University of Wisconsin Oshkosh
Office of International Education (OIE) WEB GUIDE
Hessen Student Exchange, Germany
Locations: Kassel, Frankfurt, Fulda, Marburg, and Giessen in the state of Hessen - Germany
Dates: Winter interim and summer
Courses: social sciences, sciences and business
Contact: Dr. Elizabeth Wade-Sirabian, Radford 304, 920-424-0909 (German language)
Contact: email@example.com (all courses except German language)
- Study in Hessen
- Young Ambassadors
If you are considering studying in Germany and/or have questions about what it's like, the Young Ambassadors (undergraduate students from North America who have recently studied in Germany) are there to help! Find someone who studied where you want to go or who specializes in your field and ask them whatever you want to know about study or research in Germany!
- Hessen Outbound Student Guide- everything you need to know to choose a Hessen institution and prepare for your program abroad!
Host Institution Course Enrollment
Before committing to an exchange program, applicants must spend time looking through the course selection available at the host institution.
ISU's offer either two consecutive courses or two courses taught simltaneously. Courses are typically at the introductory level, requiring little to no prior background in the field.
All participants will be enrolled in courses at the host institution and will transfer those courses back to UW Oshkosh at the end of their studies.
Winter Interim 2014 (December 2013 - January 2014)
Location: Frankfurt - Germany
Location: Fulda - Germany
Location: Giessen - Germany
Location: Kassel - Germany
Course and Credit Transfer
When you study abroad/away on a program which does not grant UW Oshkosh credit, you may request that your courses be transfered to UW Oshkosh at the end of your program by soliciting prior approval for course and credit transfer. Transfer without prior approval IS NOT AUTOMATIC and IS NOT GUARANTEED.
Follow the instructions on theTransfer Credit Prior Approval formto have your courses pre-approved for transfer.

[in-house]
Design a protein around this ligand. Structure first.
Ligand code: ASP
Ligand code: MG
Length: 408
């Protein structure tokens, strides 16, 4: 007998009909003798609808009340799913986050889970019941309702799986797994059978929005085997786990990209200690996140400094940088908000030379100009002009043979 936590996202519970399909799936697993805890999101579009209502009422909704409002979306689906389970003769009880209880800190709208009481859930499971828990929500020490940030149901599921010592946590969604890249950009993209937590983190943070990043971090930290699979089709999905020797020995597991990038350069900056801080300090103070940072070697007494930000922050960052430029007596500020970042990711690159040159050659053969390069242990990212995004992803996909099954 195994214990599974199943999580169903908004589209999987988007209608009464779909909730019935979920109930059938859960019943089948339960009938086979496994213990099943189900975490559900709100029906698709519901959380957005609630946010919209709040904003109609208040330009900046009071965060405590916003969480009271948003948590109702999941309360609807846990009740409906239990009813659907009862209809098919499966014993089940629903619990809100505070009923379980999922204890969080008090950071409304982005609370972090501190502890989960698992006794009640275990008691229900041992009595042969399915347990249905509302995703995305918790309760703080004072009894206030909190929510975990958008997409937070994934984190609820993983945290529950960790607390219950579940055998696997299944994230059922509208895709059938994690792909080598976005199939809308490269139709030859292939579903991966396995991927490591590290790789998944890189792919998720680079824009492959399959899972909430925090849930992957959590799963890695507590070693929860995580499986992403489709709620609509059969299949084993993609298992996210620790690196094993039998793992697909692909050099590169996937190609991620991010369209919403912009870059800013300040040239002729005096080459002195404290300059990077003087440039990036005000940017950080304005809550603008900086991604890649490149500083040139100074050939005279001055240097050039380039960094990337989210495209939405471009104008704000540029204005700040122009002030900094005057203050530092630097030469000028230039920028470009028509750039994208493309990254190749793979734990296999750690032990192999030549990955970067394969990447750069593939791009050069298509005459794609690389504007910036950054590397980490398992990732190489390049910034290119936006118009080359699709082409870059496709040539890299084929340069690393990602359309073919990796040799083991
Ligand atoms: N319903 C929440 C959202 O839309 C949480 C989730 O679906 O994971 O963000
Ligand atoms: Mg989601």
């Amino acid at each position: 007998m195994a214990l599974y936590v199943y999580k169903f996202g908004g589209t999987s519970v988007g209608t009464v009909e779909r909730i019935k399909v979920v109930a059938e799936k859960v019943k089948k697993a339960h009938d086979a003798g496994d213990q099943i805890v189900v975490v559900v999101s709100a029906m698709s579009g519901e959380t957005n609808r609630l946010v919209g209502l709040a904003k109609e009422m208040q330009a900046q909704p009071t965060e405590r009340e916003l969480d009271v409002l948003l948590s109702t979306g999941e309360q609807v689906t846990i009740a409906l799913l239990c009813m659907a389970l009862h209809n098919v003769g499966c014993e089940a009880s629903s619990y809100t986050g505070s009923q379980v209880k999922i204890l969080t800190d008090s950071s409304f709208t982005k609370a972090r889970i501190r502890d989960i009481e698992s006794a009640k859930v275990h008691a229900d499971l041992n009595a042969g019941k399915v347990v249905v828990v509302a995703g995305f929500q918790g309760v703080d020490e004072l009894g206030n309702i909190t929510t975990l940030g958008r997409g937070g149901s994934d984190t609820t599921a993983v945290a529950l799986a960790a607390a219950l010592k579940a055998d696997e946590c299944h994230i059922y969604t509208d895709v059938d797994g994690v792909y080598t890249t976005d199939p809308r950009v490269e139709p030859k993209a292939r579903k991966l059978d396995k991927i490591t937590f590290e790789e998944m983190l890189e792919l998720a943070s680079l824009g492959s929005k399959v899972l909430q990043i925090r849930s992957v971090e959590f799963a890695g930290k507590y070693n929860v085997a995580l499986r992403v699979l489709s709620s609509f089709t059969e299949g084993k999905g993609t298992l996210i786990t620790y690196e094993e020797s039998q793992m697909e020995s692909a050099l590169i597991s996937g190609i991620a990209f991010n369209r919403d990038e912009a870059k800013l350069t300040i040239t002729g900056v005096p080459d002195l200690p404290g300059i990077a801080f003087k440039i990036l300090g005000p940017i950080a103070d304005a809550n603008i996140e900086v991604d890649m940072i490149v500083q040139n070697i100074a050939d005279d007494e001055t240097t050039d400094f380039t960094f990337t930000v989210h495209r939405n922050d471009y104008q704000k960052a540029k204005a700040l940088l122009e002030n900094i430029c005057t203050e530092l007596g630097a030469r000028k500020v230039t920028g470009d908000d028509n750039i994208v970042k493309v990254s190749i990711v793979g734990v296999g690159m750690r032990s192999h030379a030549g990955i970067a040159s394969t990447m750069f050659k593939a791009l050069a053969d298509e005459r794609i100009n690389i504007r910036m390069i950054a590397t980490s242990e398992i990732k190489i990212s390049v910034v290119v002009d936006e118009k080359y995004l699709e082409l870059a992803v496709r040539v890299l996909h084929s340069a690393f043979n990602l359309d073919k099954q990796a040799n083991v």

DPI Study Abroad Requirement for Foreign Language Teachers
College of Education & Human Services students planning to teach a foreign language after graduation must meet the DPI requirement for study abroad and must have a completed Certificate of Residency. For more information, visit the Department of Foreign Languages and Literatures Office on the third floor of Radford.
The "Full Estimated Cost of Participation" includes your Program Fee (the amount due directly to UW Oshkosh), your airfare and other expenses related to your participation on this program.
Full Estimated Cost of Participation:
IWU 2014: $3,680
ISU 2014: costs vary by institution
Your program includes a number of variables which affect cost. Before signing and submitting the "Full Estimated Cost of Participation"worksheet linked in the "Apply" section of this guide, use links provided within the worksheet and information on the host institution's website to complete as many of the "variable" line items as possible. For help completing this worksheet, contact the OIE for an appointment.
As part of the application process for this program, you are required to review, sign and submit the "Full Estimated Cost of Participation" worksheet for your program. The worksheet includes all of the cost details for your program and is linked from STEP III of the "Apply" section of this guide.